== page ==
How to Build Your Brand
Your strengths + telling your story on social media = a brand that will resonate and bring opportunities to make your passion your career.
Helping animals is your passion, but the day in, day out life in the office has you feeling like you’re in a rut. You have many strengths to bring to the table, and you don’t know what direction you want to go with your veterinary career.
Dr. Jessica Vogelsang knows how this feels. In this Quick Cup of Knowledge, Dr. V (as she is known on her website and podcast), talks about how to best position yourself or your practice for new opportunities and audiences—how to build your business and personal brand.
What Is a Brand?
Before you say, “My practice already has a name, logo, and color scheme,” Dr. Vogelsang would remind you that a brand is much more than an aesthetic. It’s the story, the experience people have with the business or person.
The stories we tell help people understand what experience they should expect. That’s why conscientiously selecting the stories being told and conveying them with the right tone in the right format to the right people is so important.
One thing to understand about branding is that everyone at your practice participates in creating the brand, whether they know it or not. Every interaction with a client, every promotional project, and even team members’ attitude while at work contributes to how people feel about your practice.
Social media is the easiest, most effective place to purposefully tell your story and interact with your audience. It may seem intimidating, so start with the social media channel you use and understand the most. Focus on local outreach and influencers (every town as an Instagram-famous pooch) to get your message out there.
To ensure consistency and avoid mishaps with social media, Dr. V suggests creating social media guidelines. Whether there is one person dedicated to managing social media or everyone helps contribute, making sure every image and message is positive and doesn’t infringe on the rights of the client/patient is essential. Having photos of a patient during a procedure get back to the client through social media wouldn’t be the best thing.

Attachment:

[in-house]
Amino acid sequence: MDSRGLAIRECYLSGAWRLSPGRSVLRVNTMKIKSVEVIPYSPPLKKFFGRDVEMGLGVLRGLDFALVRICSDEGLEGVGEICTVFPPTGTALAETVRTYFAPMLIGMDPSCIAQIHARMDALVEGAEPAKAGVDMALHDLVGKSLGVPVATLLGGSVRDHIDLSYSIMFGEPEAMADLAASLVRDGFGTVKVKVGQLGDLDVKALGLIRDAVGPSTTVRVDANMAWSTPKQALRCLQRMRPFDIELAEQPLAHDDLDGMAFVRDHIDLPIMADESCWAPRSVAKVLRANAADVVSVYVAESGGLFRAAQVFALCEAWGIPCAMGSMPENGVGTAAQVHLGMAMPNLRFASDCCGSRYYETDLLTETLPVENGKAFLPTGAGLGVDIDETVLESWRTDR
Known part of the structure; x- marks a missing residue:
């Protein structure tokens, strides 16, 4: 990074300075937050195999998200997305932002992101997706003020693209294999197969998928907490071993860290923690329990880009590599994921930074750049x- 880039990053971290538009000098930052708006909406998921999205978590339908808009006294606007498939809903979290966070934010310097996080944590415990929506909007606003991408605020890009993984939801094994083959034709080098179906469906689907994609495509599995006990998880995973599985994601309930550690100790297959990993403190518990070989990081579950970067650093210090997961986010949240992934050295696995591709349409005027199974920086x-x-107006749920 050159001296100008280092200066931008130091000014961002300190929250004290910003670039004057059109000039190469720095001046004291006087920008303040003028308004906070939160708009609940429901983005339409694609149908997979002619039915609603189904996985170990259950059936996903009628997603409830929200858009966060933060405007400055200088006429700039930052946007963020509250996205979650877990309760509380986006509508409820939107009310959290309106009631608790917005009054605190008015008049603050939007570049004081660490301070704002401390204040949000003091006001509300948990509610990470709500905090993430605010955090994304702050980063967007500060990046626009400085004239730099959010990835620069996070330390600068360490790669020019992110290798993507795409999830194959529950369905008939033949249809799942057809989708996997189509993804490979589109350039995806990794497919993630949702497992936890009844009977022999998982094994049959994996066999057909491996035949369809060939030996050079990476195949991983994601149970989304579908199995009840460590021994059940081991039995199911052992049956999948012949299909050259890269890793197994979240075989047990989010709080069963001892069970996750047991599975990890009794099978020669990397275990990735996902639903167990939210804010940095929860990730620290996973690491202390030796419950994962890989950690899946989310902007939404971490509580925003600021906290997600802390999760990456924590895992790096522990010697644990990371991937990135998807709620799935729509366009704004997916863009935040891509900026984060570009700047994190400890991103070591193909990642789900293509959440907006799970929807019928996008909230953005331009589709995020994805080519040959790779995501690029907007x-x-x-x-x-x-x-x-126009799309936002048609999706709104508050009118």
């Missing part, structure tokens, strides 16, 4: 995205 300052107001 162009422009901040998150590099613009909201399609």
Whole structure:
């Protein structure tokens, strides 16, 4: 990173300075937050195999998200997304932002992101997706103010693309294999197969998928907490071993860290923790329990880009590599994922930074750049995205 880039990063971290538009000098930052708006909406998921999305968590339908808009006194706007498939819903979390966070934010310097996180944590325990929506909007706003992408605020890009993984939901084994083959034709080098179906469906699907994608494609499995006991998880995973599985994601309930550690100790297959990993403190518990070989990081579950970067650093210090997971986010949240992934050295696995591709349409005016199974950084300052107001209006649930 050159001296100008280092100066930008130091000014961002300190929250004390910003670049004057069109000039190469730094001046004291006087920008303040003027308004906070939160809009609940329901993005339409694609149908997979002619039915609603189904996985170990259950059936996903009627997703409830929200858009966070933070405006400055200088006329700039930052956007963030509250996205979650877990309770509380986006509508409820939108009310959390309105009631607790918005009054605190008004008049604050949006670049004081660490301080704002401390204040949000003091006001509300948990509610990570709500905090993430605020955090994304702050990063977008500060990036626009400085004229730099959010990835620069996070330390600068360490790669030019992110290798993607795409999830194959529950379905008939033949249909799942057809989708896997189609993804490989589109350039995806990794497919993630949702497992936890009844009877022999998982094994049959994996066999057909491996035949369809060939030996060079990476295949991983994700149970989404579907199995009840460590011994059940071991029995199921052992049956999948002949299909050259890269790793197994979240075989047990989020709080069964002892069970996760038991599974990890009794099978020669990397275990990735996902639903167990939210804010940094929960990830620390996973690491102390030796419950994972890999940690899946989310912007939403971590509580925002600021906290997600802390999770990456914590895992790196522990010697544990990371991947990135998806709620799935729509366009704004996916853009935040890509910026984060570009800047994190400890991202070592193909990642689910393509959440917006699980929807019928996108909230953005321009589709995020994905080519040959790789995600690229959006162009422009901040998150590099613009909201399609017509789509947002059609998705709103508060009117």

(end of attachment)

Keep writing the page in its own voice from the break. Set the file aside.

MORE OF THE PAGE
For Dr. Vogelsang, writing started out as simply an outlet, a side hobby that brought her satisfaction. It soon became a strength to her career and practice. She is now an author and produces lots of content online. One of her goals now is to help other veterinarians and veterinary team members do the same. With a little personal branding, your passion can become a fulfilling part of your career.
Where do you start? Dr. V says to “dig into your personal strengths.” Figure out what skills and characteristics making you uniquely useful, and make that part of your story. Whether it’s a bio for your website or part of your cover letter in a job application, sending the right message with your unique story and tone will garner interest in places there otherwise wouldn’t be.
Start with a personal website or one social media channel—have one area that you focus on, whatever it is. This opens up opportunities simply because more people see you and get to know you without much effort on your part. And yes, introverts, that’s a good thing!
For more information and resources about branding or working with media, Dr. V recommends the American Society of Veterinary Journalists (ASVJ), where there are training opportunities for veterinary professionals who want to get more involved with media.
Stay in the Know!
To discover new passions and learn how to incorporate your unique strengths into your career like Dr. V has, head to the 2020 Annual Conference themed "Discover Your Why."